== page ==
« Reply #8 on: 06/02/2011 06:38:54 »
How far below absolute zero would that be?

I'm not sure numbers are quite on, but I figured about -147K.
 

Offline Bored chemist

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Is the earth expanding?
« Reply #9 on: 06/02/2011 09:56:06 »
The video cited in the first post suggests that the earth has roughly doubles in size. (that's about the right ballpark for the disappearance of the oceans which cover about 70% of the Earth).

With a change of 10 ppm/degree that needs a change of something like 50,000 degrees. It would have had to get to something like ten times hotter than the surface of the sun to do that. Obviously, it would boil long before that but it illustrates the magnitude of the problem.

Neal Adams is not just a little bit wrong.
 

Offline syhprum

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Is the earth expanding?
« Reply #10 on: 06/02/2011 12:49:46 »
There have been proposals that the Earth is hollow I believe that some of the NAZI leaders subscribed to that idea.
 

Offline CliffordK

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Is the earth expanding?
« Reply #11 on: 06/02/2011 13:33:06 »
Sorry...  I read the Wikipedia article that indicated that the theory of a (grossly) expanding earth was largely discounted.  My comment was more directed that there are some theories that part of the sea level rise is a very slow warming & expansion of the oceans, and is not wholly due to melting of arctic ice.

That brings up the point...

In the video, he discussed the gross expansion in the last 100 to 200 million years.
yet the current hypothesis of the age of Earth is 4.5 Billion years.  It doesn't make a lot of sense that all the oceans grew from nothing in the last 100 million years or so.

When you read about the theory of evolution, the theory is that the majority of the life developed as ocean marine biota.  The beginning of aquatic multicellular life was during the late Precambrian era, followed by the Cambrian Explosion about 540 million years ago.  There were fish during the Silurian period 443 million years ago, and very simple mossy life on land.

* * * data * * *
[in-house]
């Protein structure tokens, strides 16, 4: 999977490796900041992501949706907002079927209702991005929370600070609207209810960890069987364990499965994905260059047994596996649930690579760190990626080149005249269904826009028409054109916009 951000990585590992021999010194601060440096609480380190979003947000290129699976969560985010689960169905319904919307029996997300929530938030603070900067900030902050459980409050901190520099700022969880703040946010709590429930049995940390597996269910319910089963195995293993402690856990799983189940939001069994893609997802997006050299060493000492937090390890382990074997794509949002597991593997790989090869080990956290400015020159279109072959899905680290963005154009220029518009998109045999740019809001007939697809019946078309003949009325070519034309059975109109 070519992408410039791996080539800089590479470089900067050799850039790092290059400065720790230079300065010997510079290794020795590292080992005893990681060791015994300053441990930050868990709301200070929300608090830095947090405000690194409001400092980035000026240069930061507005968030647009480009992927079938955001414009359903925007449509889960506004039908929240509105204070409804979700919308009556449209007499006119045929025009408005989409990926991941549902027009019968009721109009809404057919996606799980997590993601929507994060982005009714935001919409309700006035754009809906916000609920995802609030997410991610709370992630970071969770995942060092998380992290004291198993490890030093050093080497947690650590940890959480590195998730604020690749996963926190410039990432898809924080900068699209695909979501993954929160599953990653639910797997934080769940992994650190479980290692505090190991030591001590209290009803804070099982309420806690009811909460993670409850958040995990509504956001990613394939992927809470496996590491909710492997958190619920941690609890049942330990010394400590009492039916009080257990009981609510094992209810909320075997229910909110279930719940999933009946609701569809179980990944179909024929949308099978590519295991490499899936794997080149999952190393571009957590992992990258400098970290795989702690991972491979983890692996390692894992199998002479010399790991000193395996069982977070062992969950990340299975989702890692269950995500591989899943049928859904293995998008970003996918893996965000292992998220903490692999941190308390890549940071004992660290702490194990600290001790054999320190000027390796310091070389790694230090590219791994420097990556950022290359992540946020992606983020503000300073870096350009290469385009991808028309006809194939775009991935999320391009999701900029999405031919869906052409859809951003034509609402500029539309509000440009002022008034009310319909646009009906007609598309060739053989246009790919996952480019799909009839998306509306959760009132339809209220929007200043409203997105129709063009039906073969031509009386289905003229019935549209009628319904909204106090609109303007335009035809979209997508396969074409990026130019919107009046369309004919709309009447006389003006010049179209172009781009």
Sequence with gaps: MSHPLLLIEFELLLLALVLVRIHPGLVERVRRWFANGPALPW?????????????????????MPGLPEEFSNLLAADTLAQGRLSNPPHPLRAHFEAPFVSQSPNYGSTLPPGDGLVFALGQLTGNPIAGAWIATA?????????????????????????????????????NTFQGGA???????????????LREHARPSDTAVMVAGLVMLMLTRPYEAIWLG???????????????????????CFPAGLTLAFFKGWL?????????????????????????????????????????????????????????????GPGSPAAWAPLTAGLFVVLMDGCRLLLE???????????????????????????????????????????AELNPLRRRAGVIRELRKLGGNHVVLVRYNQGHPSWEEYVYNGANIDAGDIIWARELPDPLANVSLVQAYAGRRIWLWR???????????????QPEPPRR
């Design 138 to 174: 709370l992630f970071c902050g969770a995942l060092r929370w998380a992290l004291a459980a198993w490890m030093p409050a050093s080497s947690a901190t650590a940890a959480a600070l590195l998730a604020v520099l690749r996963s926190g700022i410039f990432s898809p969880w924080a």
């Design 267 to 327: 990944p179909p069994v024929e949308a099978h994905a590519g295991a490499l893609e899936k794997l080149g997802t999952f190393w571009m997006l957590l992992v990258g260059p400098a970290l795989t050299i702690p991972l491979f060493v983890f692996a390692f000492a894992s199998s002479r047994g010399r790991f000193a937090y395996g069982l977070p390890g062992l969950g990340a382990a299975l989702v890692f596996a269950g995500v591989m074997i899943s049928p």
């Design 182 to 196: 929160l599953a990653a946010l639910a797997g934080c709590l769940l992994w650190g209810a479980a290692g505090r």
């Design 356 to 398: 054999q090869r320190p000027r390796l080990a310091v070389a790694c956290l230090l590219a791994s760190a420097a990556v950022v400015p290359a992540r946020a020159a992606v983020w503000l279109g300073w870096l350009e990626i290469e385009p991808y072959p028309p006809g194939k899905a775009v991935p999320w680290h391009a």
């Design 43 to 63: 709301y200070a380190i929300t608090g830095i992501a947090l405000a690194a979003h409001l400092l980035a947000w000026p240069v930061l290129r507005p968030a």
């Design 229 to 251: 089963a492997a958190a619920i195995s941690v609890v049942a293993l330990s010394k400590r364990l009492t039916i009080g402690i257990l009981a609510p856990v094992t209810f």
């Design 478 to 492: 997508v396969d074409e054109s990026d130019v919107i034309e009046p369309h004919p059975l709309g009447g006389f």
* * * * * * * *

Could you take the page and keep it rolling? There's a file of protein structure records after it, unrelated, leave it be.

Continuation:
http://en.wikipedia.org/wiki/Silurian (416-443 million years ago)

Fish were common early, but land animals were mainly limited to insects during the Denovian period.
http://en.wikipedia.org/wiki/Devonian  (359-416 million years ago)


More insects and amphibians during the Carboniferous period
http://en.wikipedia.org/wiki/Carboniferous (299 to 359 million years ago)

During these periods when the dry land was beginning to be colonized, the marine plants and animals were rapidly growing and expanding.

Anyway, it would go against many evolutionary theories to conclude that the oceans did not exist before the dinosaurs.

I'm trying to think of a mechanism for such dramatic expansion.

Earth has was likely very HOT when it first aggregated, and has been slowly cooling throughout its life.  So, one should expect early thermal shrinking, rather than thermal expansion.

The only other possible mechanism that I can think of is a shift of density.  So, perhaps if density was evenly distributed over the earth during early development, the earth might have been slightly more compact.  Volcanism might slowly pour light materials on the surface, and heavy materials might slowly sink to the middle of the earth.  But, undoubtedly, this would not just wait for the first 4 billion years to pass by, then suddenly start happening less than a half billion years ago.  In fact, my guess is that it would have occurred during the planet formation.
 

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Is the earth expanding?
« Reply #11 on: 06/02/2011 13:33:06 »